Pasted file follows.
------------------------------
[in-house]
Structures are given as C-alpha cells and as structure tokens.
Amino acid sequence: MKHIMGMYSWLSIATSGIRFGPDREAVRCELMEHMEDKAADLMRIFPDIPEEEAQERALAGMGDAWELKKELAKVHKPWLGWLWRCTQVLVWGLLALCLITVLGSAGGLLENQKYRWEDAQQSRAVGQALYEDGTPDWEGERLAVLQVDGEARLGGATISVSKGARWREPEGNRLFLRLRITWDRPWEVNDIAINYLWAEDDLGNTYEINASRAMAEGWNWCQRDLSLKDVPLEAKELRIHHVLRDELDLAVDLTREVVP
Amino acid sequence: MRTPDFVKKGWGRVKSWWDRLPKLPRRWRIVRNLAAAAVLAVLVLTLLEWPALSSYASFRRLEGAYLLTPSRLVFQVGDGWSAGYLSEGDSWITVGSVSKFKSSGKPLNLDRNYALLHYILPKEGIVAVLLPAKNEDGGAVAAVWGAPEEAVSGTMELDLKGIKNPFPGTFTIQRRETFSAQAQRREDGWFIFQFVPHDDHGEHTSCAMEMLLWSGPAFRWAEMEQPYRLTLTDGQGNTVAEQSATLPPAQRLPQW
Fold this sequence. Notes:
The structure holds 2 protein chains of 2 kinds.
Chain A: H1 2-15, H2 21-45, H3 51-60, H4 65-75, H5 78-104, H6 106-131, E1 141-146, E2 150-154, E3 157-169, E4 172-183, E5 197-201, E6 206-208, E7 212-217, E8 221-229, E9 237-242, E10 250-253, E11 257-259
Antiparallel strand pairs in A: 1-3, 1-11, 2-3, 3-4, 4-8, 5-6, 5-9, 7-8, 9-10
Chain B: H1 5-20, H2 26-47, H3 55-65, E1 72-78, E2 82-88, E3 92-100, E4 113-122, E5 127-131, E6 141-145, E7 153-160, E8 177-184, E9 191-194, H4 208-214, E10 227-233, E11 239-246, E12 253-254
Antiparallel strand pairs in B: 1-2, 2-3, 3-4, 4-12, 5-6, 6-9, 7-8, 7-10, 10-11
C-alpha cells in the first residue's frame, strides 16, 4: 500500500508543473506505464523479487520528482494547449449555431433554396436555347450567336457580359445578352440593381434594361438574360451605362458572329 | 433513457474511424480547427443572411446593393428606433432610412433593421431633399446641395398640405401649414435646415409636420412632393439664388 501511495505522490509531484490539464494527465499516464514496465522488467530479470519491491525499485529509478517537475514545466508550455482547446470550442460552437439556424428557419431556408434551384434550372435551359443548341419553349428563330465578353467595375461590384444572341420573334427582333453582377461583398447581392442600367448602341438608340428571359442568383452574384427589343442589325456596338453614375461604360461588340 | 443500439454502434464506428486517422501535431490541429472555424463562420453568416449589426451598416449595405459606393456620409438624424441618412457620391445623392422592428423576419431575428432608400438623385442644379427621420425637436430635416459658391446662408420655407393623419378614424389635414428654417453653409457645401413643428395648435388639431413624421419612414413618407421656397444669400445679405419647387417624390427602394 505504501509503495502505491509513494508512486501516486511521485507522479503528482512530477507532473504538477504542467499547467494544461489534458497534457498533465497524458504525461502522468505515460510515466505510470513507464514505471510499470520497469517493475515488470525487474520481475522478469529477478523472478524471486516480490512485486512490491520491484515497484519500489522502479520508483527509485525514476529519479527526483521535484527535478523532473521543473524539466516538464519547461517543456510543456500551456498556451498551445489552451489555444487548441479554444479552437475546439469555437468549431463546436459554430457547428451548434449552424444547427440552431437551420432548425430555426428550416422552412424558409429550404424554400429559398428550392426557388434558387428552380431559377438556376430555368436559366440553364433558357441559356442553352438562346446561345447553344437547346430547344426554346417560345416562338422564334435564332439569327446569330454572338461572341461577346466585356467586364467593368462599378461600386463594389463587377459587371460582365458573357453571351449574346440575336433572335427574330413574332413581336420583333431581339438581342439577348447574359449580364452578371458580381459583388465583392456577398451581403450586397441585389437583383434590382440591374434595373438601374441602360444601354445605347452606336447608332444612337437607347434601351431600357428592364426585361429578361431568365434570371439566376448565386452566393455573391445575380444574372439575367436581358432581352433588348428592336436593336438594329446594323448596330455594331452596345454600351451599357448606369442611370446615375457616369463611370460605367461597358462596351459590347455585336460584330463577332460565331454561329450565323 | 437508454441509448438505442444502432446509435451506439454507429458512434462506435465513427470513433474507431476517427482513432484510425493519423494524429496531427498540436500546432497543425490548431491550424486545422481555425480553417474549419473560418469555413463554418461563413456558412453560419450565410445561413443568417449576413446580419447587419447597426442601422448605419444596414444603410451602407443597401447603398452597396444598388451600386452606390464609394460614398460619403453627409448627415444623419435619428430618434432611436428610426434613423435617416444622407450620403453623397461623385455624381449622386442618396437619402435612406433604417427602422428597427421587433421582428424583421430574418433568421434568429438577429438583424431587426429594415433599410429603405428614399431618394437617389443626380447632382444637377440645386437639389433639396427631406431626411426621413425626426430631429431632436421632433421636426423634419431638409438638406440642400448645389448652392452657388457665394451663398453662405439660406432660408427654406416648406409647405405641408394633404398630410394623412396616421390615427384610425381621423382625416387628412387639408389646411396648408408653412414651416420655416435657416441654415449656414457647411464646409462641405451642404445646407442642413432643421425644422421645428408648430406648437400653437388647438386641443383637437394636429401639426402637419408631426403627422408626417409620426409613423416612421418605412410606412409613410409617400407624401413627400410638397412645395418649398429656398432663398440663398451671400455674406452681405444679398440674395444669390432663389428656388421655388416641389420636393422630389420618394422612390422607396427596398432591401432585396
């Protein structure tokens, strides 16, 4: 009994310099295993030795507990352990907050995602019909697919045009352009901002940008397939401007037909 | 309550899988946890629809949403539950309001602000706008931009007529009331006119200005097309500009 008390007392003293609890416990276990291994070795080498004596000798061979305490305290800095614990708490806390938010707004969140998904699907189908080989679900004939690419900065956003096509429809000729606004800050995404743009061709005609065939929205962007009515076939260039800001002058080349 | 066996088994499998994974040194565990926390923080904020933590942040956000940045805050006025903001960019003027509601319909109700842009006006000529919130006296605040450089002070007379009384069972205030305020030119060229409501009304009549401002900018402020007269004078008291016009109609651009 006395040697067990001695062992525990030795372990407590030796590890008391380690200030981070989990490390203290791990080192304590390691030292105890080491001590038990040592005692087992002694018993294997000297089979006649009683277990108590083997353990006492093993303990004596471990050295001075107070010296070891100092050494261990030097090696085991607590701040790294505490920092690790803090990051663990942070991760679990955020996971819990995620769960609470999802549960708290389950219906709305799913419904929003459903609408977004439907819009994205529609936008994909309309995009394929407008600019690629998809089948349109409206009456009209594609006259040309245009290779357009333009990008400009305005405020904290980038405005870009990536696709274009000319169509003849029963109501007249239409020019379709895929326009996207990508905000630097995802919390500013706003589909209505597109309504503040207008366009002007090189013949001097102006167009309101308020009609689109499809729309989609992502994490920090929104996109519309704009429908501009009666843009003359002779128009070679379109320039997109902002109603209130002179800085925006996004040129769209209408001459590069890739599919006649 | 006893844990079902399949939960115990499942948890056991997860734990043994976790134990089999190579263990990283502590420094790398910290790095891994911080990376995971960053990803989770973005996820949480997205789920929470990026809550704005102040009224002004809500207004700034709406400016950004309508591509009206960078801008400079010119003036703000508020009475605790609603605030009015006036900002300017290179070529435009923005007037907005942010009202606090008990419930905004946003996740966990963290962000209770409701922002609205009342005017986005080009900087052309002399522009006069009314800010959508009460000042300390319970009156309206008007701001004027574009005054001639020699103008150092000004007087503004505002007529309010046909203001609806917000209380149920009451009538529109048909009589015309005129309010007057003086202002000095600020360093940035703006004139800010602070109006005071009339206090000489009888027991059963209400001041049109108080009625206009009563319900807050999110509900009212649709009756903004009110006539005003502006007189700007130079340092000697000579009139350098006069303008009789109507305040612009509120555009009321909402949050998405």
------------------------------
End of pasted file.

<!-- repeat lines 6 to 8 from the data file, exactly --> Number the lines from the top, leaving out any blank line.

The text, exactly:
The structure holds 2 protein chains of 2 kinds.
Chain A: H1 2-15, H2 21-45, H3 51-60, H4 65-75, H5 78-104, H6 106-131, E1 141-146, E2 150-154, E3 157-169, E4 172-183, E5 197-201, E6 206-208, E7 212-217, E8 221-229, E9 237-242, E10 250-253, E11 257-259
Antiparallel strand pairs in A: 1-3, 1-11, 2-3, 3-4, 4-8, 5-6, 5-9, 7-8, 9-10